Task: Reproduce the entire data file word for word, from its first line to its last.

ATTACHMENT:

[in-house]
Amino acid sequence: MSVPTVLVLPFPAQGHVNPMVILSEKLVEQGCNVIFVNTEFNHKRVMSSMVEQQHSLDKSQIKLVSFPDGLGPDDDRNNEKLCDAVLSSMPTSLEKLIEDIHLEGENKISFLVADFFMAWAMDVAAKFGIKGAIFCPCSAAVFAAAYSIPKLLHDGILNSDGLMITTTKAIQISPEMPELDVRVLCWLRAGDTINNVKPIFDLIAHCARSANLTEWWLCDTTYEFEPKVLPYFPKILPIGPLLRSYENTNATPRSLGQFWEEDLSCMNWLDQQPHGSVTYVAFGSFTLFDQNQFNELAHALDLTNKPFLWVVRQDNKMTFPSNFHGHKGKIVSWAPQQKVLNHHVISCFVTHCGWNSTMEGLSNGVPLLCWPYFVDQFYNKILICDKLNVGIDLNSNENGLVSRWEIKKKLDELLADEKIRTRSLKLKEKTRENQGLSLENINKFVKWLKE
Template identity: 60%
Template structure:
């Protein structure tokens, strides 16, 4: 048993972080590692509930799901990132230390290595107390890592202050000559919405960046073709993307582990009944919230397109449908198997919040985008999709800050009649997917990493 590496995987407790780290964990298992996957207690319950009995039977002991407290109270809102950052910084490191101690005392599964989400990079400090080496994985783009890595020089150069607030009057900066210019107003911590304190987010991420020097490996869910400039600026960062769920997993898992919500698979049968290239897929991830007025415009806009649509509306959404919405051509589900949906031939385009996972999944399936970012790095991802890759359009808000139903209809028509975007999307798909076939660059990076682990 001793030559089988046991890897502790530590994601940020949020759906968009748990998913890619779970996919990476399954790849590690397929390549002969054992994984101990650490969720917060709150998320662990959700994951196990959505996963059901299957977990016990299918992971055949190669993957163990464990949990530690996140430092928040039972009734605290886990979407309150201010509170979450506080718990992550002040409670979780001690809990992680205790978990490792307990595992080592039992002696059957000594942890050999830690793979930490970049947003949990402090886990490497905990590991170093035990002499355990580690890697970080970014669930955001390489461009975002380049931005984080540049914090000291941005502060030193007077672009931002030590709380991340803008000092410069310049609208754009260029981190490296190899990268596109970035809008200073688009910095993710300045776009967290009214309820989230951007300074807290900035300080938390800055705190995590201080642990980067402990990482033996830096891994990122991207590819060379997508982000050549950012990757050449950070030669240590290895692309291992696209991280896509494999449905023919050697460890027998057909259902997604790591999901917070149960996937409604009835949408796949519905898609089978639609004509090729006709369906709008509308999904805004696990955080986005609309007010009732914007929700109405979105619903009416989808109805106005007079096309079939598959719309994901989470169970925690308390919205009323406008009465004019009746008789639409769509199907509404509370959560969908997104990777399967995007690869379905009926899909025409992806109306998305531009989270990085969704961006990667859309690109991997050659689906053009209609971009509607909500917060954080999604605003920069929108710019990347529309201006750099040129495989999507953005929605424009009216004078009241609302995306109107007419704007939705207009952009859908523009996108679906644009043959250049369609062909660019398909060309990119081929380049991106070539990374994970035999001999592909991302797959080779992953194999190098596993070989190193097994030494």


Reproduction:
[in-house]
Amino acid sequence: MSVPTVLVLPFPAQGHVNPMVILSEKLVEQGCNVIFVNTEFNHKRVMSSMVEQQHSLDKSQIKLVSFPDGLGPDDDRNNEKLCDAVLSSMPTSLEKLIEDIHLEGENKISFLVADFFMAWAMDVAAKFGIKGAIFCPCSAAVFAAAYSIPKLLHDGILNSDGLMITTTKAIQISPEMPELDVRVLCWLRAGDTINNVKPIFDLIAHCARSANLTEWWLCDTTYEFEPKVLPYFPKILPIGPLLRSYENTNATPRSLGQFWEEDLSCMNWLDQQPHGSVTYVAFGSFTLFDQNQFNELAHALDLTNKPFLWVVRQDNKMTFPSNFHGHKGKIVSWAPQQKVLNHHVISCFVTHCGWNSTMEGLSNGVPLLCWPYFVDQFYNKILICDKLNVGIDLNSNENGLVSRWEIKKKLDELLADEKIRTRSLKLKEKTRENQGLSLENINKFVKWLKE
Template identity: 60%
Template structure:
């Protein structure tokens, strides 16, 4: 048993972080590692509930799901990132230390290595107390890592202050000559919405960046073709993307582990009944919230397109449908198997919040985008999709800050009649997917990493 590496995987407790780290964990298992996957207690319950009995039977002991407290109270809102950052910084490191101690005392599964989400990079400090080496994985783009890595020089150069607030009057900066210019107003911590304190987010991420020097490996869910400039600026960062769920997993898992919500698979049968290239897929991830007025415009806009649509509306959404919405051509589900949906031939385009996972999944399936970012790095991802890759359009808000139903209809028509975007999307798909076939660059990076682990 001793030559089988046991890897502790530590994601940020949020759906968009748990998913890619779970996919990476399954790849590690397929390549002969054992994984101990650490969720917060709150998320662990959700994951196990959505996963059901299957977990016990299918992971055949190669993957163990464990949990530690996140430092928040039972009734605290886990979407309150201010509170979450506080718990992550002040409670979780001690809990992680205790978990490792307990595992080592039992002696059957000594942890050999830690793979930490970049947003949990402090886990490497905990590991170093035990002499355990580690890697970080970014669930955001390489461009975002380049931005984080540049914090000291941005502060030193007077672009931002030590709380991340803008000092410069310049609208754009260029981190490296190899990268596109970035809008200073688009910095993710300045776009967290009214309820989230951007300074807290900035300080938390800055705190995590201080642990980067402990990482033996830096891994990122991207590819060379997508982000050549950012990757050449950070030669240590290895692309291992696209991280896509494999449905023919050697460890027998057909259902997604790591999901917070149960996937409604009835949408796949519905898609089978639609004509090729006709369906709008509308999904805004696990955080986005609309007010009732914007929700109405979105619903009416989808109805106005007079096309079939598959719309994901989470169970925690308390919205009323406008009465004019009746008789639409769509199907509404509370959560969908997104990777399967995007690869379905009926899909025409992806109306998305531009989270990085969704961006990667859309690109991997050659689906053009209609971009509607909500917060954080999604605003920069929108710019990347529309201006750099040129495989999507953005929605424009009216004078009241609302995306109107007419704007939705207009952009859908523009996108679906644009043959250049369609062909660019398909060309990119081929380049991106070539990374994970035999001999592909991302797959080779992953194999190098596993070989190193097994030494």